It may happen at one point: a friend, family member or unknown person faints in front of you. The first thing people do, is panic. That’s the worst thing you can do. What you should do to provide the best care possible, is the following list I’m about to share.
The symptoms that someone might faint are:
- Feeling nauseous.
- Yawning frequently.
- Feelings of restless.
- Complaints of feeling lightheaded or dizzy.
- The skin looks pale, feels cool and may be clammy or sweaty.
- Complaining of tightness in the chest.
- Having palpitations.
If you or someone you’re with feels they’re about to faint, immediately squat, sit, or lie down. When sitting, place the head between the knees. All of these positions help the blood to flow easily to the brain because the heart no longer works against gravity.
- If you see someone faint/pass out, lie that person on their back and make sure they’re breathing. If possible, raise the person’s legs above heart level to promote blood flow to the brain.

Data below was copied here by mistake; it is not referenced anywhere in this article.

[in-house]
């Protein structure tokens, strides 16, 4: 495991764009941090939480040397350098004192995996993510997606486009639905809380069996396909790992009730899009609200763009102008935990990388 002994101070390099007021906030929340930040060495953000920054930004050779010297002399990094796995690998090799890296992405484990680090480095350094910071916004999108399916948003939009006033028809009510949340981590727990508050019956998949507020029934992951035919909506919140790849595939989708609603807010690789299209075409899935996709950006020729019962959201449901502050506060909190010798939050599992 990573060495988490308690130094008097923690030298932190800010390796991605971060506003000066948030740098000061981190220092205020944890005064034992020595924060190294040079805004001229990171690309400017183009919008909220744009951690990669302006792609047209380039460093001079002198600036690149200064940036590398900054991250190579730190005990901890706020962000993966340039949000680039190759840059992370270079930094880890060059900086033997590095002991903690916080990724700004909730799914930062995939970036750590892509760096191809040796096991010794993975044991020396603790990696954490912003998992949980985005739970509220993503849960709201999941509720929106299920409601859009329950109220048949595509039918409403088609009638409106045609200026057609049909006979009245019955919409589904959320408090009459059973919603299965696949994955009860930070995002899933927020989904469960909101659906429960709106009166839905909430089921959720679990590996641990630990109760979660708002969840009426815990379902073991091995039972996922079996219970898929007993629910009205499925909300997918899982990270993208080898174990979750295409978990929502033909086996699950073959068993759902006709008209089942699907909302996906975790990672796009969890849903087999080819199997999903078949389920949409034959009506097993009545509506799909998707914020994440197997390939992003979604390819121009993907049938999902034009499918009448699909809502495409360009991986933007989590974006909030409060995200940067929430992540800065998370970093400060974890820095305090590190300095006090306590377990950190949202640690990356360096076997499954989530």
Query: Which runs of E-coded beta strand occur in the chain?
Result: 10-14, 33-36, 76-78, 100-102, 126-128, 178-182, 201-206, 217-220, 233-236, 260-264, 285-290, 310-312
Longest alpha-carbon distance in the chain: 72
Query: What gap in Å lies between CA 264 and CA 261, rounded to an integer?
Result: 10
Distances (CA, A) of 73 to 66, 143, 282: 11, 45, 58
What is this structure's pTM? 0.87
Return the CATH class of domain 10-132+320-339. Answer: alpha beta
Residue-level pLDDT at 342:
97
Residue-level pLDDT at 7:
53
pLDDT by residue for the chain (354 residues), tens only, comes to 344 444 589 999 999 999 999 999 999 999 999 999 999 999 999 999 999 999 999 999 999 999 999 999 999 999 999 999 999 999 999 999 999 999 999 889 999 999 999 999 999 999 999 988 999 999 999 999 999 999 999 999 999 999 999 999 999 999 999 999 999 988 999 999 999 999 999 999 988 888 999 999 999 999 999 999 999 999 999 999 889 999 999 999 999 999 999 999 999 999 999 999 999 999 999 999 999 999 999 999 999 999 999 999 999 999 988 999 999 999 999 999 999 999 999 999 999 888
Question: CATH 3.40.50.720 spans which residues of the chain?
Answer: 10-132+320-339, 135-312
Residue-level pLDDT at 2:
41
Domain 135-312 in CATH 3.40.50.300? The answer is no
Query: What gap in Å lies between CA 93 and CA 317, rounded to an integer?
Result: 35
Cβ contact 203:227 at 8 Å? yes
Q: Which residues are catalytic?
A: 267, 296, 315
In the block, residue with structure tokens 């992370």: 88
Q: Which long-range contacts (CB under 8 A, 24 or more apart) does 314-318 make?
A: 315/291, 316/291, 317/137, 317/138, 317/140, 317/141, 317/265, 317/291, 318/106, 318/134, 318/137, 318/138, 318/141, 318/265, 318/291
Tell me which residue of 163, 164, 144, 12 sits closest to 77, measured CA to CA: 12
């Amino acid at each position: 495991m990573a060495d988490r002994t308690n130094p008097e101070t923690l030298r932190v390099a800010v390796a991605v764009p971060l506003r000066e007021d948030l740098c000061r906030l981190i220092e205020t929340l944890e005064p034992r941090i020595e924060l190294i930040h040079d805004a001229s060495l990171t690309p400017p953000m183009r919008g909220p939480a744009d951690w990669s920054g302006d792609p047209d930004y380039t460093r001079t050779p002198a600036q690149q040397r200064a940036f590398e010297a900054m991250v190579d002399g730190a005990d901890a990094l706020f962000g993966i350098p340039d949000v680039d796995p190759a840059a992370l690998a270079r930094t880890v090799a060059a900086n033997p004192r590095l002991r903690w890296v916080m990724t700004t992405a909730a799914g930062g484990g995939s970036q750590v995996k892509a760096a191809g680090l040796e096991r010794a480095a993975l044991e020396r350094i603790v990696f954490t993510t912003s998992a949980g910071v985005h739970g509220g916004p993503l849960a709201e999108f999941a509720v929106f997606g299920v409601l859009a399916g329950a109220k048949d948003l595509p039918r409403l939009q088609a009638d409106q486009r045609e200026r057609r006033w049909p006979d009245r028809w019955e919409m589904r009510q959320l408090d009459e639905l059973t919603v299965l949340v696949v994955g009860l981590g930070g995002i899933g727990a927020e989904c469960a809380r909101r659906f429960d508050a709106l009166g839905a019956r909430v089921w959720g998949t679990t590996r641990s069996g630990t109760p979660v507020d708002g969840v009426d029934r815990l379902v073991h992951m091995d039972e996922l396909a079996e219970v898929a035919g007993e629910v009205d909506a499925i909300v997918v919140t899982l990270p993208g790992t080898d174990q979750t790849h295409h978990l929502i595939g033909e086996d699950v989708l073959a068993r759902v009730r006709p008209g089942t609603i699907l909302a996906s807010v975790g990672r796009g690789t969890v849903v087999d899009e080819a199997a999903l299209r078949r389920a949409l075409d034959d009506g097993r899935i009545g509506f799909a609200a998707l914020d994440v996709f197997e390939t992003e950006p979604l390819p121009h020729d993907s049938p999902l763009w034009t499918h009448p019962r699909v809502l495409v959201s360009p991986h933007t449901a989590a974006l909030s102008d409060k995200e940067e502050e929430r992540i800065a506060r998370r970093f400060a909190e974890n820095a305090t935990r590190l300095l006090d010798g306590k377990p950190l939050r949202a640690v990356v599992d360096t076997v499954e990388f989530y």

- Loosen any tight clothing, such as collars or belts.
- Start CPR if the person isn’t breathing. Have someone call the emergency number.
- Continue CPR until help arrives.
- When the person regains consciousness, let them rest instead of immediately sitting or standing up.
- If they have diabetes and have skipped a meal, give them a hard candy or sweet to help raise their blood sugar.
- Make sure that the person who passed out isn’t jerking or has unusual muscle spasms, as this may indicate fitting.
With pranks, in films or series, they always make a comedy out of someone who faints, doing things one should never do when someone faints in real life. The things not to do include:
- Slap someone who has fainted.
- Shake someone who has fainted.
- Throw water on them.
- Shout at them.
- Attempt to move them.
- Place a pillow under their head.
- Make them sit or stand up.
Love, Deem/Skye Lewis ❤
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